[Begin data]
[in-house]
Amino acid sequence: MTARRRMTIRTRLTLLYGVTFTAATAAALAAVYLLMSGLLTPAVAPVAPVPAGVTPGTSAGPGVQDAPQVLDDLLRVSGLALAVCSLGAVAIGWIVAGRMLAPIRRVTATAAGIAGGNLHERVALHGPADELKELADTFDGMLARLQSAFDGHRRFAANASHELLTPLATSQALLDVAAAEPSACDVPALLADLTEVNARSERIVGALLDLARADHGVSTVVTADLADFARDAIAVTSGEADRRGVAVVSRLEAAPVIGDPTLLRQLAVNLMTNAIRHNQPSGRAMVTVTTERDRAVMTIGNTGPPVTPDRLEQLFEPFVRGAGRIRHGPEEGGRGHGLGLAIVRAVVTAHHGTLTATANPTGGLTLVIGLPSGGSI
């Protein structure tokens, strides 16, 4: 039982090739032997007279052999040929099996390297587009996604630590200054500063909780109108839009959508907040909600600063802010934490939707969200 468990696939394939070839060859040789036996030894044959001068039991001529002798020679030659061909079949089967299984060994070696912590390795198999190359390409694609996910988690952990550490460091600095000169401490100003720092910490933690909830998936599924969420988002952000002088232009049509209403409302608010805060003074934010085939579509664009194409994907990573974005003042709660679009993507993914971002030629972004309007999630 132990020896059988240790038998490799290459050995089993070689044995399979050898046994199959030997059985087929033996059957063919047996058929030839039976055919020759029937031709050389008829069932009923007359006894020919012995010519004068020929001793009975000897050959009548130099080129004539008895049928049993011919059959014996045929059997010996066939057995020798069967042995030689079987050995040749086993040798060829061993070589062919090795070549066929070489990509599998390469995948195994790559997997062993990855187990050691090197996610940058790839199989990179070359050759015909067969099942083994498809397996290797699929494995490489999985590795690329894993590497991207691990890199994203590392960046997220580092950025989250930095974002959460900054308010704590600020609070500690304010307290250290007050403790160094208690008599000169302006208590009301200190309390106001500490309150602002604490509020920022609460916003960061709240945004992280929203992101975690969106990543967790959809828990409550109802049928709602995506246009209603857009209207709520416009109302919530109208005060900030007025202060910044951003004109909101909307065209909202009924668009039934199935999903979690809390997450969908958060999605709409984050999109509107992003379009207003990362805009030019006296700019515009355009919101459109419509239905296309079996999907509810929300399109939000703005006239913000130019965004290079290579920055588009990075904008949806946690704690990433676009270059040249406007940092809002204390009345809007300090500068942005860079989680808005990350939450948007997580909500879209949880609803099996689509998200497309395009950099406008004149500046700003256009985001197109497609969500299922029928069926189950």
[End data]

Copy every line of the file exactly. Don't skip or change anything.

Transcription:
[in-house]
Amino acid sequence: MTARRRMTIRTRLTLLYGVTFTAATAAALAAVYLLMSGLLTPAVAPVAPVPAGVTPGTSAGPGVQDAPQVLDDLLRVSGLALAVCSLGAVAIGWIVAGRMLAPIRRVTATAAGIAGGNLHERVALHGPADELKELADTFDGMLARLQSAFDGHRRFAANASHELLTPLATSQALLDVAAAEPSACDVPALLADLTEVNARSERIVGALLDLARADHGVSTVVTADLADFARDAIAVTSGEADRRGVAVVSRLEAAPVIGDPTLLRQLAVNLMTNAIRHNQPSGRAMVTVTTERDRAVMTIGNTGPPVTPDRLEQLFEPFVRGAGRIRHGPEEGGRGHGLGLAIVRAVVTAHHGTLTATANPTGGLTLVIGLPSGGSI
């Protein structure tokens, strides 16, 4: 039982090739032997007279052999040929099996390297587009996604630590200054500063909780109108839009959508907040909600600063802010934490939707969200 468990696939394939070839060859040789036996030894044959001068039991001529002798020679030659061909079949089967299984060994070696912590390795198999190359390409694609996910988690952990550490460091600095000169401490100003720092910490933690909830998936599924969420988002952000002088232009049509209403409302608010805060003074934010085939579509664009194409994907990573974005003042709660679009993507993914971002030629972004309007999630 132990020896059988240790038998490799290459050995089993070689044995399979050898046994199959030997059985087929033996059957063919047996058929030839039976055919020759029937031709050389008829069932009923007359006894020919012995010519004068020929001793009975000897050959009548130099080129004539008895049928049993011919059959014996045929059997010996066939057995020798069967042995030689079987050995040749086993040798060829061993070589062919090795070549066929070489990509599998390469995948195994790559997997062993990855187990050691090197996610940058790839199989990179070359050759015909067969099942083994498809397996290797699929494995490489999985590795690329894993590497991207691990890199994203590392960046997220580092950025989250930095974002959460900054308010704590600020609070500690304010307290250290007050403790160094208690008599000169302006208590009301200190309390106001500490309150602002604490509020920022609460916003960061709240945004992280929203992101975690969106990543967790959809828990409550109802049928709602995506246009209603857009209207709520416009109302919530109208005060900030007025202060910044951003004109909101909307065209909202009924668009039934199935999903979690809390997450969908958060999605709409984050999109509107992003379009207003990362805009030019006296700019515009355009919101459109419509239905296309079996999907509810929300399109939000703005006239913000130019965004290079290579920055588009990075904008949806946690704690990433676009270059040249406007940092809002204390009345809007300090500068942005860079989680808005990350939450948007997580909500879209949880609803099996689509998200497309395009950099406008004149500046700003256009985001197109497609969500299922029928069926189950």